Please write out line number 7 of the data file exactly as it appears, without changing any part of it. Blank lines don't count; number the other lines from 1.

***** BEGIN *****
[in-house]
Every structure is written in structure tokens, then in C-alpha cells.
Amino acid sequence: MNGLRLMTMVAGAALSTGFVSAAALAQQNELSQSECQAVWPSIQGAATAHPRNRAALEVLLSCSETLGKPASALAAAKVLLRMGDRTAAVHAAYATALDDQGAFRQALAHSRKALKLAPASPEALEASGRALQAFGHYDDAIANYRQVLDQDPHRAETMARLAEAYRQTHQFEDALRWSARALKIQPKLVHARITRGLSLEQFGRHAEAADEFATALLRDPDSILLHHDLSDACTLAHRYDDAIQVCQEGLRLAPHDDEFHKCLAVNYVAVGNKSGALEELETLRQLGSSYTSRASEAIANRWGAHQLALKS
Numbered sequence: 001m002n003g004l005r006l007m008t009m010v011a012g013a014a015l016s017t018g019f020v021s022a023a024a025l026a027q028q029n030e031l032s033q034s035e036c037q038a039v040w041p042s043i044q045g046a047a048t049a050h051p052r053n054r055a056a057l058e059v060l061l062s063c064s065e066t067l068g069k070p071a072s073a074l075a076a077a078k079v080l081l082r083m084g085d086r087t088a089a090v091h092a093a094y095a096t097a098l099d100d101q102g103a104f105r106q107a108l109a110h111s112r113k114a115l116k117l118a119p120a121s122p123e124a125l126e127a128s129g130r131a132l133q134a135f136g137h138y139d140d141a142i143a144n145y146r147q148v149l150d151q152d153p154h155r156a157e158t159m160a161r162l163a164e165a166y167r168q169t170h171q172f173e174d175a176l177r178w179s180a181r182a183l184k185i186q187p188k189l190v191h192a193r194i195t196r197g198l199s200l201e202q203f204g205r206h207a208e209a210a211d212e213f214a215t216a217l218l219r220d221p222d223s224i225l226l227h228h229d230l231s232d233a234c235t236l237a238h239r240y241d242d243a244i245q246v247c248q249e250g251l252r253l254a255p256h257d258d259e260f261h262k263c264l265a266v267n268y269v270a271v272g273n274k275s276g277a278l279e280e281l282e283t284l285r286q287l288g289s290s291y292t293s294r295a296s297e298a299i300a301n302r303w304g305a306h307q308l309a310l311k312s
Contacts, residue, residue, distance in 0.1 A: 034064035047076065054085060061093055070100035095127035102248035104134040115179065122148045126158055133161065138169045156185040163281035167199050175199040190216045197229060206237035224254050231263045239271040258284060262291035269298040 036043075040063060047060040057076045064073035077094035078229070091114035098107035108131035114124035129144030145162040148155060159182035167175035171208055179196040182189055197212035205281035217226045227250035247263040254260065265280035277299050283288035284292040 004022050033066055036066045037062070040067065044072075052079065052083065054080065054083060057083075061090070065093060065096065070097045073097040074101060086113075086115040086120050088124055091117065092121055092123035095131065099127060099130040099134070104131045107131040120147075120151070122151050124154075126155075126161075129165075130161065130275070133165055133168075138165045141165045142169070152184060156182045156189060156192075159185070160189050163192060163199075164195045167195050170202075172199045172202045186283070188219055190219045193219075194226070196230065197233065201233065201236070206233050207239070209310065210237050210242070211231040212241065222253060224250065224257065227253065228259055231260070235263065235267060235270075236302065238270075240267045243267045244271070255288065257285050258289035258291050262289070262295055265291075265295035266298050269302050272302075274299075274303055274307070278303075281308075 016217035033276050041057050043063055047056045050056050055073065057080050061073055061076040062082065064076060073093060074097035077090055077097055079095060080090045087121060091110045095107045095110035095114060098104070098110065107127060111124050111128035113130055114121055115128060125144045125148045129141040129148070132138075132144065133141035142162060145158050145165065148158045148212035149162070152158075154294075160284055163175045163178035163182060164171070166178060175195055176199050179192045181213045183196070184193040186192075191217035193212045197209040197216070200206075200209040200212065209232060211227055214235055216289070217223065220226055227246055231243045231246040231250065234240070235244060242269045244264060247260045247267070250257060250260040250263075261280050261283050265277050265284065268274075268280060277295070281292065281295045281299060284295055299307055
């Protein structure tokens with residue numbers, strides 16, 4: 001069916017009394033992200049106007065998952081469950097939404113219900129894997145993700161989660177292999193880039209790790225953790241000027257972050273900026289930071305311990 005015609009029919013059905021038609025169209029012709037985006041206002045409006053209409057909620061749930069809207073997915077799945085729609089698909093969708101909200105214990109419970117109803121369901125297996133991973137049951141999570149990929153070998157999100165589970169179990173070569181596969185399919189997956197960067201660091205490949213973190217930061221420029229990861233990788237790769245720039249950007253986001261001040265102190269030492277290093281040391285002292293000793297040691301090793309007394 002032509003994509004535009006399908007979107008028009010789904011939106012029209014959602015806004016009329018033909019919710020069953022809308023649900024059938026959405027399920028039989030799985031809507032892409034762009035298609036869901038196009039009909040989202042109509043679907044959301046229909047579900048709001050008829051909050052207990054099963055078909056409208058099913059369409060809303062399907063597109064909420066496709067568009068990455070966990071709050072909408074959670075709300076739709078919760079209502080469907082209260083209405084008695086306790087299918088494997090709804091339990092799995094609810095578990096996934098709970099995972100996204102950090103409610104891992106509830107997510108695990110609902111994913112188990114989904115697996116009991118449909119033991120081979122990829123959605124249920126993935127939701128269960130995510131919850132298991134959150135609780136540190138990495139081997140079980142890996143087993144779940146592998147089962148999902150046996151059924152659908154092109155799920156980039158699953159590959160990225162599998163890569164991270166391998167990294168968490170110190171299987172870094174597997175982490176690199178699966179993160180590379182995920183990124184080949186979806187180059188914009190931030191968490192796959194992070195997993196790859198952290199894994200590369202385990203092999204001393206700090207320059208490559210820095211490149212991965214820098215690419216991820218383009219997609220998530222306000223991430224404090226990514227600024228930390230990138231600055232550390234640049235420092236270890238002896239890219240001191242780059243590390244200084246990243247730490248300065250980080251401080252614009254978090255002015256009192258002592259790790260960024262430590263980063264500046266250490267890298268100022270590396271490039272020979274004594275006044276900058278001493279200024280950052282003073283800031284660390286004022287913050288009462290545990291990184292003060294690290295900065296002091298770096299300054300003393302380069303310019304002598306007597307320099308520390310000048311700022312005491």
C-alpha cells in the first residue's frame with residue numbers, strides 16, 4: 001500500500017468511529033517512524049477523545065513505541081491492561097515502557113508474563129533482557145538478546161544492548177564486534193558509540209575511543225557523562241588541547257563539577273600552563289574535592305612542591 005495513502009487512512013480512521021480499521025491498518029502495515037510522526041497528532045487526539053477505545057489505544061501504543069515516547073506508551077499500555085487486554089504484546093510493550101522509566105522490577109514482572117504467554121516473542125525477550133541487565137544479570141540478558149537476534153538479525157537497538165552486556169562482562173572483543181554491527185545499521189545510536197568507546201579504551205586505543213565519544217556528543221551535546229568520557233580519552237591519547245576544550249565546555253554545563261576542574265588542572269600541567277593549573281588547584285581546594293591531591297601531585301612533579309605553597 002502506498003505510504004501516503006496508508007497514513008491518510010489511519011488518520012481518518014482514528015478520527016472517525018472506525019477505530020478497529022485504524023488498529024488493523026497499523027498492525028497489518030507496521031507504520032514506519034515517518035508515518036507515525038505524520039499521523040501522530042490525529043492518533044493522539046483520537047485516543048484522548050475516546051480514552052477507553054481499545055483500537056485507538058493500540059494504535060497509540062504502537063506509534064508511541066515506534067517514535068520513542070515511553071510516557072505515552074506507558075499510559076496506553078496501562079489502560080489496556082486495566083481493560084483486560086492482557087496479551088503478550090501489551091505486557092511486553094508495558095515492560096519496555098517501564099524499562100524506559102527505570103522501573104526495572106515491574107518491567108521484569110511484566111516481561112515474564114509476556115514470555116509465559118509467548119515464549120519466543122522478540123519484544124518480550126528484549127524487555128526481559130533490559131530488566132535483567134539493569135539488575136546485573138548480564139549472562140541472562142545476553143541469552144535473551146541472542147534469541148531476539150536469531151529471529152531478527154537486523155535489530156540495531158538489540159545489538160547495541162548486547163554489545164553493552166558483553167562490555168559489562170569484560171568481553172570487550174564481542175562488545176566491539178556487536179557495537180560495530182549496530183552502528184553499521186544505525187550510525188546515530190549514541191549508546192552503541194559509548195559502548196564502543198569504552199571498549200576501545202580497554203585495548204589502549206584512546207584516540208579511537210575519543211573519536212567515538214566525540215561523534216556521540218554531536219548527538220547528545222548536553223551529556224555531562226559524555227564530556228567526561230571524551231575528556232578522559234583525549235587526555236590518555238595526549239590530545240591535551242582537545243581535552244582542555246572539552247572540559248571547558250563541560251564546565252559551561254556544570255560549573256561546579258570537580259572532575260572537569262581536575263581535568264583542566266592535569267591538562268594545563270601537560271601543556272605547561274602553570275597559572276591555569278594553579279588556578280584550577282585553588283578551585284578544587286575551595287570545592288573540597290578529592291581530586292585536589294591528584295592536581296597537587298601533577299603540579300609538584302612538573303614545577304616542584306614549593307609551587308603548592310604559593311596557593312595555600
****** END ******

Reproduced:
C-alpha cells in the first residue's frame with residue numbers, strides 16, 4: 001500500500017468511529033517512524049477523545065513505541081491492561097515502557113508474563129533482557145538478546161544492548177564486534193558509540209575511543225557523562241588541547257563539577273600552563289574535592305612542591 005495513502009487512512013480512521021480499521025491498518029502495515037510522526041497528532045487526539053477505545057489505544061501504543069515516547073506508551077499500555085487486554089504484546093510493550101522509566105522490577109514482572117504467554121516473542125525477550133541487565137544479570141540478558149537476534153538479525157537497538165552486556169562482562173572483543181554491527185545499521189545510536197568507546201579504551205586505543213565519544217556528543221551535546229568520557233580519552237591519547245576544550249565546555253554545563261576542574265588542572269600541567277593549573281588547584285581546594293591531591297601531585301612533579309605553597 002502506498003505510504004501516503006496508508007497514513008491518510010489511519011488518520012481518518014482514528015478520527016472517525018472506525019477505530020478497529022485504524023488498529024488493523026497499523027498492525028497489518030507496521031507504520032514506519034515517518035508515518036507515525038505524520039499521523040501522530042490525529043492518533044493522539046483520537047485516543048484522548050475516546051480514552052477507553054481499545055483500537056485507538058493500540059494504535060497509540062504502537063506509534064508511541066515506534067517514535068520513542070515511553071510516557072505515552074506507558075499510559076496506553078496501562079489502560080489496556082486495566083481493560084483486560086492482557087496479551088503478550090501489551091505486557092511486553094508495558095515492560096519496555098517501564099524499562100524506559102527505570103522501573104526495572106515491574107518491567108521484569110511484566111516481561112515474564114509476556115514470555116509465559118509467548119515464549120519466543122522478540123519484544124518480550126528484549127524487555128526481559130533490559131530488566132535483567134539493569135539488575136546485573138548480564139549472562140541472562142545476553143541469552144535473551146541472542147534469541148531476539150536469531151529471529152531478527154537486523155535489530156540495531158538489540159545489538160547495541162548486547163554489545164553493552166558483553167562490555168559489562170569484560171568481553172570487550174564481542175562488545176566491539178556487536179557495537180560495530182549496530183552502528184553499521186544505525187550510525188546515530190549514541191549508546192552503541194559509548195559502548196564502543198569504552199571498549200576501545202580497554203585495548204589502549206584512546207584516540208579511537210575519543211573519536212567515538214566525540215561523534216556521540218554531536219548527538220547528545222548536553223551529556224555531562226559524555227564530556228567526561230571524551231575528556232578522559234583525549235587526555236590518555238595526549239590530545240591535551242582537545243581535552244582542555246572539552247572540559248571547558250563541560251564546565252559551561254556544570255560549573256561546579258570537580259572532575260572537569262581536575263581535568264583542566266592535569267591538562268594545563270601537560271601543556272605547561274602553570275597559572276591555569278594553579279588556578280584550577282585553588283578551585284578544587286575551595287570545592288573540597290578529592291581530586292585536589294591528584295592536581296597537587298601533577299603540579300609538584302612538573303614545577304616542584306614549593307609551587308603548592310604559593311596557593312595555600